————————————————
Total for Baresi: 143 points

*Baresi made one appearance for the Italian team that won the 1982 World Cup. And not in the Final, or the Semi-Final. However, he gets the points anyways for having played in the 1990 World Cup Final, which Italy lost on penalties to Brazil.

3) Bobby Moore

World Cup Champion (1) – 20 points
UEFA Cup Winners Cup (1) – 8 points
FA Cup (1) – 4 points
British Home Championship* (8) – 32 points
FWA Footballer of the Year (2) – 12 points
Intangibles – 20/20 (Bobby Moore played with a trophy-less West Ham team for the entirety of his best years as a player. That hurts. However, Pele called him the best defender he’d ever played against, he did see England to a World Cup (hard enough to do, it turns out), and is one of those guys in the highest pantheon of soccer legends. Despite never accruing many physical awards, he gets our highest intangibility rating.
————————————————
Total for Bobby Moore: 96 points

*We’re counting this as an “Other Domestic Championship.”

4) Roberto Carlos

World Cup Champion (1) – 20 points
UEFA Champions League (3) – 24 points
Intercontinental Cup* (2) – 10 points
La Liga/Brazil Serie A Titles (6) – 36 points
Supercopa de Espana (3) – 12 points
Copa America (2) – 16 points
FIFA Confederations Cup (1) – 8 points
Turkish Super Cup (2) – 10 points
UEFA Super Cup (1) -5 points
Intangibles – 8/20 (Like Xavi, the majority of Roberto Carlos’ career is writ in the trophies he garnered, which were many. Extra points to the ridiculous free kicks for which he was known).
————————————————
Total for Roberto Carlos: 149 points

*A one-off between the winner of the Euros and the winner of the Copa America. It gets a five rating, because while it’s difficult to get there, it’s a one-off trophy.

5) Nilton Santos

World Cup Champion (3) – 60 points
Campeonato Carioca* (4) – 24 points
Torneio-Rio-Sao Paulo** (2) – 12 points
Intangibles – 18/20 points (While Nilson Santos doesn’t have many trophies to his name, he is regarded as one of the first (and best) modern fullback/wingbacks, and was influential to three World Cup squads.
————————————————
Total for Nilson Santos: 132 points

*Back in the day, Brazil didn’t have nation-wide leagues. Rather, they had state-central leagues, which would have been the equivalent of a domestic competition.
**A prestigious inter-state competition between the Rio de Janeiro and Sao Paulo states.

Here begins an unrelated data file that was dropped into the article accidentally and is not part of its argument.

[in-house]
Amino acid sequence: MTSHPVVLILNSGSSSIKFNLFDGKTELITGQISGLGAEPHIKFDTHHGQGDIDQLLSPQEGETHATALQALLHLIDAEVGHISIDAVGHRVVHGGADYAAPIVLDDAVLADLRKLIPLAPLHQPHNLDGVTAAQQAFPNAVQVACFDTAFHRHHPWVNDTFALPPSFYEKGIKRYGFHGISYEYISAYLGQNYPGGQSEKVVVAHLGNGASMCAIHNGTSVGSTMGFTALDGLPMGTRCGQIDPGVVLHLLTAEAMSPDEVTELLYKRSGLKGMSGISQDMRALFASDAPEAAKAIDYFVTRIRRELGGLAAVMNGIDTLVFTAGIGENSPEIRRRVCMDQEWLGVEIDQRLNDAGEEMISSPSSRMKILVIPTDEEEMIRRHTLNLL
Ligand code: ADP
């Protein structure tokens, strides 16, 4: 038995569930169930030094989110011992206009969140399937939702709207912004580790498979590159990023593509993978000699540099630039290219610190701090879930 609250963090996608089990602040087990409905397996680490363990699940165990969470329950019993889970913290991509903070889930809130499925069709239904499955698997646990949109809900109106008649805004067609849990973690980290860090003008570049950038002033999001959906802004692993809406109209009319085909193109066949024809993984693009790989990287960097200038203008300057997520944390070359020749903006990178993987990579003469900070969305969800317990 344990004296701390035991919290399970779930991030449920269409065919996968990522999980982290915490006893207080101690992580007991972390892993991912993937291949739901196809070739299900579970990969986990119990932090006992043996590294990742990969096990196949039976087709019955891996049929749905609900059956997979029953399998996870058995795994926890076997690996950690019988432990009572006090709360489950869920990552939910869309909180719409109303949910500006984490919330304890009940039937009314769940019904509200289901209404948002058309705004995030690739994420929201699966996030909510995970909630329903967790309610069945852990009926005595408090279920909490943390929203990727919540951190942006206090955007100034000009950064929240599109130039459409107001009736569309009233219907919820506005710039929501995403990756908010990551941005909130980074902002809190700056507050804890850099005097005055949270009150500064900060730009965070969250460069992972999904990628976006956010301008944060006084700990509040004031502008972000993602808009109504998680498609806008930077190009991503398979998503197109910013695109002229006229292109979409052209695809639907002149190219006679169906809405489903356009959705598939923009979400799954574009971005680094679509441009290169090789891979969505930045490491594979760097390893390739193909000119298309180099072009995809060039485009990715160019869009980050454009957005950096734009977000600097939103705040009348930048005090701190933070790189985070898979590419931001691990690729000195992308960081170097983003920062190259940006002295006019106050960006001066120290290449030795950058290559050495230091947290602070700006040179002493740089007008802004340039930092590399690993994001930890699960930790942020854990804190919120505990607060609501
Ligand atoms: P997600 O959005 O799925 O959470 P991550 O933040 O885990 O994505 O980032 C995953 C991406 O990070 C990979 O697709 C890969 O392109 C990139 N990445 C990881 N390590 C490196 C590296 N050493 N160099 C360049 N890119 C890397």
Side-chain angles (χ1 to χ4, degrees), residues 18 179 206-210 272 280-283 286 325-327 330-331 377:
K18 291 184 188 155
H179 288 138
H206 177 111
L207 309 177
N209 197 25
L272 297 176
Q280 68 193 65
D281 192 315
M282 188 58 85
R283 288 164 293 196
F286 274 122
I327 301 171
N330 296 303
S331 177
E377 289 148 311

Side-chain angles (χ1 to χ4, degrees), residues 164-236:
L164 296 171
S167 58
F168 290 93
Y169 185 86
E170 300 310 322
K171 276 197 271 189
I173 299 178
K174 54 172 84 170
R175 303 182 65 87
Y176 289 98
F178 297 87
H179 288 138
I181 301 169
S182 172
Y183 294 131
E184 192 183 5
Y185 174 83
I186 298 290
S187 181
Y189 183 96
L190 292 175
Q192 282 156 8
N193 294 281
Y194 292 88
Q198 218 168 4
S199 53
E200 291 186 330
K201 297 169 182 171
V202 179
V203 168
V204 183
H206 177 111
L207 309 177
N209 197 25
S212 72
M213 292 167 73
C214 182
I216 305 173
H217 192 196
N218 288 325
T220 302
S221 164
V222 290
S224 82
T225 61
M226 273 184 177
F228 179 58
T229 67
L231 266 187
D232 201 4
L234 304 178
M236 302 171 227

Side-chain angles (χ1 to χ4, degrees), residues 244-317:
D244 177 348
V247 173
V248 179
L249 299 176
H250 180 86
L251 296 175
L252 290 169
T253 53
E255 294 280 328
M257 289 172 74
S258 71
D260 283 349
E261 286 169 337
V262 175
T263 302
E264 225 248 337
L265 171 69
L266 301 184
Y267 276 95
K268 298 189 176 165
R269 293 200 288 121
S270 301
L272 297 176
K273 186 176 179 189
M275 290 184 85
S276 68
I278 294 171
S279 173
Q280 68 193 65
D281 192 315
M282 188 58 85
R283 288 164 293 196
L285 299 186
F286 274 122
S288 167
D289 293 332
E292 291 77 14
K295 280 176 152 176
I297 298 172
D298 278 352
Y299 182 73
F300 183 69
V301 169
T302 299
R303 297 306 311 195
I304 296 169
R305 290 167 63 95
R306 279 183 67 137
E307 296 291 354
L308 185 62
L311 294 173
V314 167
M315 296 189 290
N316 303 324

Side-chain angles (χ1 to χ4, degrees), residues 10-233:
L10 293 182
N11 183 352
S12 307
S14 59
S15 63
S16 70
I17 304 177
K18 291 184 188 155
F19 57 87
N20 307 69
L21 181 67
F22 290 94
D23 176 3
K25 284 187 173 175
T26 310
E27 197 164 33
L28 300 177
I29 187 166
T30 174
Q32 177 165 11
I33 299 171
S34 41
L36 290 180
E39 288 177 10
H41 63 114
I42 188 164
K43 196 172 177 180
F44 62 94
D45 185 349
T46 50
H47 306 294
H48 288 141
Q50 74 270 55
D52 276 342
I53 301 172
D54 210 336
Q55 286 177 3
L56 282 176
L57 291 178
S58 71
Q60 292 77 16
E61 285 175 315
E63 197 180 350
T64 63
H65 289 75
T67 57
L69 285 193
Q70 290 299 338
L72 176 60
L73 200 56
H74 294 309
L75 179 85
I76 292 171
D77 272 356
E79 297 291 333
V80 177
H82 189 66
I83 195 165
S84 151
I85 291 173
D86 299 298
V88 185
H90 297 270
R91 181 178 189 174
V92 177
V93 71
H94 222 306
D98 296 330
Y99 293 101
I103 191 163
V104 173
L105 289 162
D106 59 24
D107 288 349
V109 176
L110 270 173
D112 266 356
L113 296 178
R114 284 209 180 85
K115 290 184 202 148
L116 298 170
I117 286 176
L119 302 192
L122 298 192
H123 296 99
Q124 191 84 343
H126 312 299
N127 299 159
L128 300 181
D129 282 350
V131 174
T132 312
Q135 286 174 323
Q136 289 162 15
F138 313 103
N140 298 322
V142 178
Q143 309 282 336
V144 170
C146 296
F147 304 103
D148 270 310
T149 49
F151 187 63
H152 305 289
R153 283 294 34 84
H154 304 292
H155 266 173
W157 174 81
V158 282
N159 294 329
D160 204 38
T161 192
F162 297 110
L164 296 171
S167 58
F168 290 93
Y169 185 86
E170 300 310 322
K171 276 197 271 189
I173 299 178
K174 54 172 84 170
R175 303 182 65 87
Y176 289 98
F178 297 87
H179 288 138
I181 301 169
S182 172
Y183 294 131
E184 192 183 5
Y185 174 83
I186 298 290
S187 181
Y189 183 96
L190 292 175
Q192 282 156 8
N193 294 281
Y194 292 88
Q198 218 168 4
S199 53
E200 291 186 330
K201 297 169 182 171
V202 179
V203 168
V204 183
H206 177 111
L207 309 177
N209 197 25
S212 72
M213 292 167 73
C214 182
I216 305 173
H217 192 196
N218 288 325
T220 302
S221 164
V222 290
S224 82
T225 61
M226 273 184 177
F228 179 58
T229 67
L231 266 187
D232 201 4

6) Josef Masopust

European Footballer of the Year – 8 points
Domestic League Titles (9) – 36 points
Intangibles – 12/20 (Led the Czech Republic to the 1962 World Cup Final, which they lost to Brazil. Also took the Czechs to 3rd place in the 1960 European Championships. Named by Pele as one of the best 100 players ever).
————————————————
Total for Josef Masopust: 56 points

On the basis of these rankings alone, Roberto Carlos is our winner of best no. 6 ever. However, a slight (OK, not so slight) caveat. Roberto Carlos is widely known for wearing number 3 for his club teams. We also considered him in the discussion for best no. “3” ever. Should he count for no. 6? Should only his achievements for Brazil count into our criteria? Personally, I feel like we should take out the points he won when he wore number three, which would leave him with about 30 something points. We should recognize that he was a great player, but also properly elevate Baresi as the best to have worn no. “6” in the history of soccer. I realize there is room for debate. Please engage me in the comments. Until then, hats of to Baresi, the little sweeper of Milan!

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3 Responses to Best By the Numbers: 6

  1. Ian Thomson says:

    Anyone worth their salt knows the best ever “No. 6” is Willie Miller. There is no debate.

  2. Pingback: Observations: June 22, 2012 | The Soccer Observer

  3. Pingback: Observations: June 22, 2012 | Epou